#1
Hey UG im buying a shure sm57 and im just wondering what cables i need to plug it into a computer. Also should i use a pre amp or just software for this?
#2
You need an interface, a USB for said interface, and an XLR cable to connect the mic to the interface.
#4
Oh, and in general, an interface functions as a pre-amp. If you plugged a mic straight to your sound-card (unless you had a special one for instruments) it would sound like shit and the shear-stress of an instrument cable would wreck the jack and, by extension, your computer.

If you have some sort of effects unit the specifically states it is safe for a computer via auxilary cable then you're safe to plug it in to your computer (not all interfaces use usb). In that case do not use your mic-jack. Use the direct-in since your effects unit is already providing the pre-amp.
#6
I guess it would work, kinda. Probably be shit though. Especially if you want to be able to monitor what's coming through, that's going to have latencies (delay/lag) through the roof.
#8
Go read the Interfaces sticky.
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#11
Quote by joel-lesperance
Going to record classical guitar and may be mic an electric amp later
Like chatterbox said, get an interface. I'd add to get one that has direct monitoring and, for classical guitar, two channels so you can record in stereo. SM57?... Great thing about the sm57 is that it works pretty well on anything, and it can sound nice on classical guitar. For classical gtr though it's not going to get a very detailed sound. For that you might want to consider condenser mics. Look at Naiant (nice on gtr, very little $). Classical gtr is a relatively quiet source and the 57 is at its best IME on loud sources like amps and snares. But it all depends on the type of sound you're looking for. Best of luck with it.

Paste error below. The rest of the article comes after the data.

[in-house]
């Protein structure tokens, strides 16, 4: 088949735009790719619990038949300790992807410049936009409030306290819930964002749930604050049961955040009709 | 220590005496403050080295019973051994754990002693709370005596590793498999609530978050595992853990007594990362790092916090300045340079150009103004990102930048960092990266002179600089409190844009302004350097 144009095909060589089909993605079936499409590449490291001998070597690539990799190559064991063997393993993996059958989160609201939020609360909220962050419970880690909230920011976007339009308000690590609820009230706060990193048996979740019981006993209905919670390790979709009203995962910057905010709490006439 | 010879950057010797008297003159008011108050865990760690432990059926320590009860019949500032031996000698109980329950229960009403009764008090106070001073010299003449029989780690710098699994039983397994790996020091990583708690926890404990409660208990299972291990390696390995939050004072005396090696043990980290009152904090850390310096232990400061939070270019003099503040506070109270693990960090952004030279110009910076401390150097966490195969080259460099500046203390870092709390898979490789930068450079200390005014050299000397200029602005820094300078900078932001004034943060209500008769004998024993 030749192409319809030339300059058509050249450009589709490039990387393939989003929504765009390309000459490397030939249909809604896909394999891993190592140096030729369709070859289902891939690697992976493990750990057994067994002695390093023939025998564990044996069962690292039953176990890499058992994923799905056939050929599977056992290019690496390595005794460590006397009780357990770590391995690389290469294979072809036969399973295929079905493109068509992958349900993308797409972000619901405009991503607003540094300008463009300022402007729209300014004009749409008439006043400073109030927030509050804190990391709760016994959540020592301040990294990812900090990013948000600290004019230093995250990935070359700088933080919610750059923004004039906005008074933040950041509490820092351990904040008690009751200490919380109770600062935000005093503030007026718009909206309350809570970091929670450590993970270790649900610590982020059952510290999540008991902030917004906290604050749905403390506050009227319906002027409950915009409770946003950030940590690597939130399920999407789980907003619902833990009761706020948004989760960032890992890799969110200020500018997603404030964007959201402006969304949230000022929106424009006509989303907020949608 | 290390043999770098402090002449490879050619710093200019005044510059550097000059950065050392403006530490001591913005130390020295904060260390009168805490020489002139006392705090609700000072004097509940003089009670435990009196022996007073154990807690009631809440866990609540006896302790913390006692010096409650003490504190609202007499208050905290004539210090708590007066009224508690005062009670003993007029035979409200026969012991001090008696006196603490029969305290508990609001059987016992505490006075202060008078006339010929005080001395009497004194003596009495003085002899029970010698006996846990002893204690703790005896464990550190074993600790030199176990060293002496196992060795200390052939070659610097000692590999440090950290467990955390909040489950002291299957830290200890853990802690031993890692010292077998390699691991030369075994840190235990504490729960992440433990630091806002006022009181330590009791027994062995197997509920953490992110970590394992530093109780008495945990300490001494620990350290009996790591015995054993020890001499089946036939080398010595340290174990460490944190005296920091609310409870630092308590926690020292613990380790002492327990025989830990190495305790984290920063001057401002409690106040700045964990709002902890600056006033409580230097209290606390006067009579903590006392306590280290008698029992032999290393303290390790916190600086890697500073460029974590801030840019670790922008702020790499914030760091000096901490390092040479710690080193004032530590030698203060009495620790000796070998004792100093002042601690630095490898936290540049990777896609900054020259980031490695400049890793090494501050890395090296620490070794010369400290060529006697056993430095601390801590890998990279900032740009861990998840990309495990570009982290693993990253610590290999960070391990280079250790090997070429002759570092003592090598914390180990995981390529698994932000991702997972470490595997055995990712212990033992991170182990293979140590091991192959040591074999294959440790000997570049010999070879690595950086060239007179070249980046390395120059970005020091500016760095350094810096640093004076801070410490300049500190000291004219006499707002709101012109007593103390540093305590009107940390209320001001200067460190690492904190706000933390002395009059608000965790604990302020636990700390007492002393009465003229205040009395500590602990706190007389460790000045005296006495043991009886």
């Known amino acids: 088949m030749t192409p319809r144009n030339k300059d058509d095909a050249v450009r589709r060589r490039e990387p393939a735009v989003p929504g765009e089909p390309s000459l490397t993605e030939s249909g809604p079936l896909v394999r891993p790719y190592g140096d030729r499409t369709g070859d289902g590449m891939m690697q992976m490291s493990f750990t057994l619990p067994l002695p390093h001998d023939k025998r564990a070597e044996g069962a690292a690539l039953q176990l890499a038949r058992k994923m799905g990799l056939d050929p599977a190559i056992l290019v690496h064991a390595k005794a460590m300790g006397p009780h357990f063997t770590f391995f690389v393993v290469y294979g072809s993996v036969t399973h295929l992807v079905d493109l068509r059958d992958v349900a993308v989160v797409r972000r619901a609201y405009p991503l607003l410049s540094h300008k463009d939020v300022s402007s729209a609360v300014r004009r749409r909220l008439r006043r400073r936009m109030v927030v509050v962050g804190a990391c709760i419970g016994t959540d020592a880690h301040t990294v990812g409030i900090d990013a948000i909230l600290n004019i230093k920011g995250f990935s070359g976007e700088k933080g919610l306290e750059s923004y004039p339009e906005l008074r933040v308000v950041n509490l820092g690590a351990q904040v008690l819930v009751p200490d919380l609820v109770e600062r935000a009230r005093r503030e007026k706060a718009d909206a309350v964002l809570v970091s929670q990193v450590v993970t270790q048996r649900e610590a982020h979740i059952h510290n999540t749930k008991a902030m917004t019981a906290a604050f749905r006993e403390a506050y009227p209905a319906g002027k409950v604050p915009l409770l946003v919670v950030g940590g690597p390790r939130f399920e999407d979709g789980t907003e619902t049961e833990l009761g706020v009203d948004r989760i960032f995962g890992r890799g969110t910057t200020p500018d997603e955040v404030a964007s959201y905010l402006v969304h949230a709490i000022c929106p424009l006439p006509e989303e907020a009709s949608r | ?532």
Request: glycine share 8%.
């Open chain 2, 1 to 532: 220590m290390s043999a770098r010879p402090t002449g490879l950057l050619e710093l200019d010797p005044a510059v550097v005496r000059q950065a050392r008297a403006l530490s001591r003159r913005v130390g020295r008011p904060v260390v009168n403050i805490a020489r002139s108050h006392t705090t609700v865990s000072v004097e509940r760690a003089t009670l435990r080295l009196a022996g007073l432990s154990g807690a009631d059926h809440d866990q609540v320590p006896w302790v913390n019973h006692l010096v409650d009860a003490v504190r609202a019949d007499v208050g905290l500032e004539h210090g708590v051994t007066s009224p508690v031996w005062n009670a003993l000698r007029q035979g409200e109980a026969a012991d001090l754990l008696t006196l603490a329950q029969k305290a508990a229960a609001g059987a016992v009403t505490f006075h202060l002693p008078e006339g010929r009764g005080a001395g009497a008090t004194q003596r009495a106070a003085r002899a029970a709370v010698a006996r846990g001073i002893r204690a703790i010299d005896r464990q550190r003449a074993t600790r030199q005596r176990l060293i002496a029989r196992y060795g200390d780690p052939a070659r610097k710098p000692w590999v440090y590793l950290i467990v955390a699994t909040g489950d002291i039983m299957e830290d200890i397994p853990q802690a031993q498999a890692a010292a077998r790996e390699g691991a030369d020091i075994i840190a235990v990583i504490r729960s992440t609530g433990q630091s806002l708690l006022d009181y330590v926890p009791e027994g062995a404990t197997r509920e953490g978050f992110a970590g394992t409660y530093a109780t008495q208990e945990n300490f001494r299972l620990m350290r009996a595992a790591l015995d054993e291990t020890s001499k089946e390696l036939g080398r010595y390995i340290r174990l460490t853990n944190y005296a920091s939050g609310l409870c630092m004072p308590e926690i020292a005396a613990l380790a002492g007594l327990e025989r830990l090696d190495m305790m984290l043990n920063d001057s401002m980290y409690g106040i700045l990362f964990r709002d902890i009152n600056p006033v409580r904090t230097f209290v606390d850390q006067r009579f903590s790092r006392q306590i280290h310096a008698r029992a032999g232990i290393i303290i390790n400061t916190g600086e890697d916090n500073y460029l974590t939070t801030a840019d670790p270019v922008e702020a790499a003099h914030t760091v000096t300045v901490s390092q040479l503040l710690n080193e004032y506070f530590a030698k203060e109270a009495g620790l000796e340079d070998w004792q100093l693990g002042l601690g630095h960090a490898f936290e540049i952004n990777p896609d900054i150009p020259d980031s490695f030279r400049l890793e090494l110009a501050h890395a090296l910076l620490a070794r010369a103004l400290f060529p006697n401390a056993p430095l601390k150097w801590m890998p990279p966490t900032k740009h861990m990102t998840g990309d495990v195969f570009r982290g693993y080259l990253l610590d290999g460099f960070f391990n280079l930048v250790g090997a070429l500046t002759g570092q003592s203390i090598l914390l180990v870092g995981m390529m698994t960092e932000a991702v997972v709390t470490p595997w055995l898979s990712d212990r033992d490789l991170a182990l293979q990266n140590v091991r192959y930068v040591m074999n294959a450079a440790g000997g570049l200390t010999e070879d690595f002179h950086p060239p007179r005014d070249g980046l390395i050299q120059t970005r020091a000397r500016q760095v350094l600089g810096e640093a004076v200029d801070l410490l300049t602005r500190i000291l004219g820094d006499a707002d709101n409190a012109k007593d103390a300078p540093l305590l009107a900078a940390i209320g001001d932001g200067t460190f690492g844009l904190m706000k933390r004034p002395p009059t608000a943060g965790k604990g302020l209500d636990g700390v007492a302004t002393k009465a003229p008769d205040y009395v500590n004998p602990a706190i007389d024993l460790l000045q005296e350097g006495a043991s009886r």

#12
Quote by joel-lesperance
Going to record classical guitar and may be mic an electric amp later

Pretty awful choice for classical guitar, to be honest.

An SM57 will do the job, and can sometimes be great - the natural emphasis on upper mids and reduction of extreme high/low frequencies help it sit well in a dense rock mix.

However, since classical guitar is usually played solo, you really want a good condenser to capture as much of the natural sound and expression as possible.
#13
Quote by kyle62
Pretty awful choice for classical guitar, to be honest.

An SM57 will do the job, and can sometimes be great - the natural emphasis on upper mids and reduction of extreme high/low frequencies help it sit well in a dense rock mix.

However, since classical guitar is usually played solo, you really want a good condenser to capture as much of the natural sound and expression as possible.


Ok thanks man do you have any recommendations? Also it will be 2 microphones recording classical guitar duets.